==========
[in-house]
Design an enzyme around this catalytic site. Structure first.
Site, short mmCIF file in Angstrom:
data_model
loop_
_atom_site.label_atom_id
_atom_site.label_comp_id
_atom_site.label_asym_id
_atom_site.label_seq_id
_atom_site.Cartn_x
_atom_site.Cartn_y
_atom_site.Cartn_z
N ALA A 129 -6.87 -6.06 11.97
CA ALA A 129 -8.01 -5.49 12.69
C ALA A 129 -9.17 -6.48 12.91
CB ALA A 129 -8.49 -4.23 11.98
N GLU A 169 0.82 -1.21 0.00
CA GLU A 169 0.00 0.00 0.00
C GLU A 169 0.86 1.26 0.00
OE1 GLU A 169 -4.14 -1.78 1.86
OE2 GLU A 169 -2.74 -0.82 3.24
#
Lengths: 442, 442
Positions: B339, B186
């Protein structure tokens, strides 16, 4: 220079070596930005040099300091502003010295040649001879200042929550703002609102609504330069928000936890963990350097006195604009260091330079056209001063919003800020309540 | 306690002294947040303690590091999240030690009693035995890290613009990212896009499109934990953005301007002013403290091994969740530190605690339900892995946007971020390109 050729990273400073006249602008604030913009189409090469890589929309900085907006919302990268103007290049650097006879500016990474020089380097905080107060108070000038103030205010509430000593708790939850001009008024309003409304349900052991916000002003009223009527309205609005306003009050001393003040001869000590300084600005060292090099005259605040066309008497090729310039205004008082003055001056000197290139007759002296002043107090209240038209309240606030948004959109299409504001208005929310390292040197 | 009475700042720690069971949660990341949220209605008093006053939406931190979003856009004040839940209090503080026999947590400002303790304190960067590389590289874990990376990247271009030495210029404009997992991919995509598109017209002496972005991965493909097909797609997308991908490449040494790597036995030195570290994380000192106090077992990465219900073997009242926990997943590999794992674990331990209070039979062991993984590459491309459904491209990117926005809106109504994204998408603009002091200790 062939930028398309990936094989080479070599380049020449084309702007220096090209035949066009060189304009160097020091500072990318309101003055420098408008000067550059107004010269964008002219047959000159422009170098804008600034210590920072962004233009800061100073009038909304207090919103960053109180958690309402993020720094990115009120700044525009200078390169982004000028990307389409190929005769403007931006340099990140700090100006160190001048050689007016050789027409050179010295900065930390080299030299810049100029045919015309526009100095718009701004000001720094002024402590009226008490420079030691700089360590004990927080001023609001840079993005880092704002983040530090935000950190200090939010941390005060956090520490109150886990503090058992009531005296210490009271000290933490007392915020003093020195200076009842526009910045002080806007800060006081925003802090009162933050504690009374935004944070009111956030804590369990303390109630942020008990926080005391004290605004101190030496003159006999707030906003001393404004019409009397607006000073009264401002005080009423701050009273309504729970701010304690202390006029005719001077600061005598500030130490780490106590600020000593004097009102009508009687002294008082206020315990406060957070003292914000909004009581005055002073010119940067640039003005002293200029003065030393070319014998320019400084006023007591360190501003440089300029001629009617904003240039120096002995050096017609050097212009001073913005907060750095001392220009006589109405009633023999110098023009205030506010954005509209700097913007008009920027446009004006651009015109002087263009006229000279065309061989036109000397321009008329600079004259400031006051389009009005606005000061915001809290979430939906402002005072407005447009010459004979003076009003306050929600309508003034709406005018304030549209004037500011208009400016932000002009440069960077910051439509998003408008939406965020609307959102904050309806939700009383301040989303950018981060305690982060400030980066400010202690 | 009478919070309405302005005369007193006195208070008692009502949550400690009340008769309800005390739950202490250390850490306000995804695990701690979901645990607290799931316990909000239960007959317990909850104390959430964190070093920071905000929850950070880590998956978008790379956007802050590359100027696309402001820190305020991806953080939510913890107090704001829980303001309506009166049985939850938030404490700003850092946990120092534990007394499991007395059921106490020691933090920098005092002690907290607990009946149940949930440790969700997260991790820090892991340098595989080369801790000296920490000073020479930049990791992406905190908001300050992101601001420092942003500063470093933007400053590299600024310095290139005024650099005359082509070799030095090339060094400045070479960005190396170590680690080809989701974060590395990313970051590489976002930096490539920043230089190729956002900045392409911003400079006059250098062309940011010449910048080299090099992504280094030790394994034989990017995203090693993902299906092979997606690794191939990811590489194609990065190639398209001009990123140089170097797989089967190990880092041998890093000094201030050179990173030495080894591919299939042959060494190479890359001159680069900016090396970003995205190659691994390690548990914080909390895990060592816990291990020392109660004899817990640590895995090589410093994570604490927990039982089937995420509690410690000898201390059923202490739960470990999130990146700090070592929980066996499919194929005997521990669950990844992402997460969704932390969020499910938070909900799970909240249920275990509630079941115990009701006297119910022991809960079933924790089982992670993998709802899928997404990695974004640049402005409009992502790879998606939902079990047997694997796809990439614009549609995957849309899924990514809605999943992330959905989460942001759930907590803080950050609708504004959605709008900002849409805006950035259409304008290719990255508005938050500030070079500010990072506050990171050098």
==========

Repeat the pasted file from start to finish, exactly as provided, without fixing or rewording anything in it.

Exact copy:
[in-house]
Design an enzyme around this catalytic site. Structure first.
Site, short mmCIF file in Angstrom:
data_model
loop_
_atom_site.label_atom_id
_atom_site.label_comp_id
_atom_site.label_asym_id
_atom_site.label_seq_id
_atom_site.Cartn_x
_atom_site.Cartn_y
_atom_site.Cartn_z
N ALA A 129 -6.87 -6.06 11.97
CA ALA A 129 -8.01 -5.49 12.69
C ALA A 129 -9.17 -6.48 12.91
CB ALA A 129 -8.49 -4.23 11.98
N GLU A 169 0.82 -1.21 0.00
CA GLU A 169 0.00 0.00 0.00
C GLU A 169 0.86 1.26 0.00
OE1 GLU A 169 -4.14 -1.78 1.86
OE2 GLU A 169 -2.74 -0.82 3.24
#
Lengths: 442, 442
Positions: B339, B186
């Protein structure tokens, strides 16, 4: 220079070596930005040099300091502003010295040649001879200042929550703002609102609504330069928000936890963990350097006195604009260091330079056209001063919003800020309540 | 306690002294947040303690590091999240030690009693035995890290613009990212896009499109934990953005301007002013403290091994969740530190605690339900892995946007971020390109 050729990273400073006249602008604030913009189409090469890589929309900085907006919302990268103007290049650097006879500016990474020089380097905080107060108070000038103030205010509430000593708790939850001009008024309003409304349900052991916000002003009223009527309205609005306003009050001393003040001869000590300084600005060292090099005259605040066309008497090729310039205004008082003055001056000197290139007759002296002043107090209240038209309240606030948004959109299409504001208005929310390292040197 | 009475700042720690069971949660990341949220209605008093006053939406931190979003856009004040839940209090503080026999947590400002303790304190960067590389590289874990990376990247271009030495210029404009997992991919995509598109017209002496972005991965493909097909797609997308991908490449040494790597036995030195570290994380000192106090077992990465219900073997009242926990997943590999794992674990331990209070039979062991993984590459491309459904491209990117926005809106109504994204998408603009002091200790 062939930028398309990936094989080479070599380049020449084309702007220096090209035949066009060189304009160097020091500072990318309101003055420098408008000067550059107004010269964008002219047959000159422009170098804008600034210590920072962004233009800061100073009038909304207090919103960053109180958690309402993020720094990115009120700044525009200078390169982004000028990307389409190929005769403007931006340099990140700090100006160190001048050689007016050789027409050179010295900065930390080299030299810049100029045919015309526009100095718009701004000001720094002024402590009226008490420079030691700089360590004990927080001023609001840079993005880092704002983040530090935000950190200090939010941390005060956090520490109150886990503090058992009531005296210490009271000290933490007392915020003093020195200076009842526009910045002080806007800060006081925003802090009162933050504690009374935004944070009111956030804590369990303390109630942020008990926080005391004290605004101190030496003159006999707030906003001393404004019409009397607006000073009264401002005080009423701050009273309504729970701010304690202390006029005719001077600061005598500030130490780490106590600020000593004097009102009508009687002294008082206020315990406060957070003292914000909004009581005055002073010119940067640039003005002293200029003065030393070319014998320019400084006023007591360190501003440089300029001629009617904003240039120096002995050096017609050097212009001073913005907060750095001392220009006589109405009633023999110098023009205030506010954005509209700097913007008009920027446009004006651009015109002087263009006229000279065309061989036109000397321009008329600079004259400031006051389009009005606005000061915001809290979430939906402002005072407005447009010459004979003076009003306050929600309508003034709406005018304030549209004037500011208009400016932000002009440069960077910051439509998003408008939406965020609307959102904050309806939700009383301040989303950018981060305690982060400030980066400010202690 | 009478919070309405302005005369007193006195208070008692009502949550400690009340008769309800005390739950202490250390850490306000995804695990701690979901645990607290799931316990909000239960007959317990909850104390959430964190070093920071905000929850950070880590998956978008790379956007802050590359100027696309402001820190305020991806953080939510913890107090704001829980303001309506009166049985939850938030404490700003850092946990120092534990007394499991007395059921106490020691933090920098005092002690907290607990009946149940949930440790969700997260991790820090892991340098595989080369801790000296920490000073020479930049990791992406905190908001300050992101601001420092942003500063470093933007400053590299600024310095290139005024650099005359082509070799030095090339060094400045070479960005190396170590680690080809989701974060590395990313970051590489976002930096490539920043230089190729956002900045392409911003400079006059250098062309940011010449910048080299090099992504280094030790394994034989990017995203090693993902299906092979997606690794191939990811590489194609990065190639398209001009990123140089170097797989089967190990880092041998890093000094201030050179990173030495080894591919299939042959060494190479890359001159680069900016090396970003995205190659691994390690548990914080909390895990060592816990291990020392109660004899817990640590895995090589410093994570604490927990039982089937995420509690410690000898201390059923202490739960470990999130990146700090070592929980066996499919194929005997521990669950990844992402997460969704932390969020499910938070909900799970909240249920275990509630079941115990009701006297119910022991809960079933924790089982992670993998709802899928997404990695974004640049402005409009992502790879998606939902079990047997694997796809990439614009549609995957849309899924990514809605999943992330959905989460942001759930907590803080950050609708504004959605709008900002849409805006950035259409304008290719990255508005938050500030070079500010990072506050990171050098």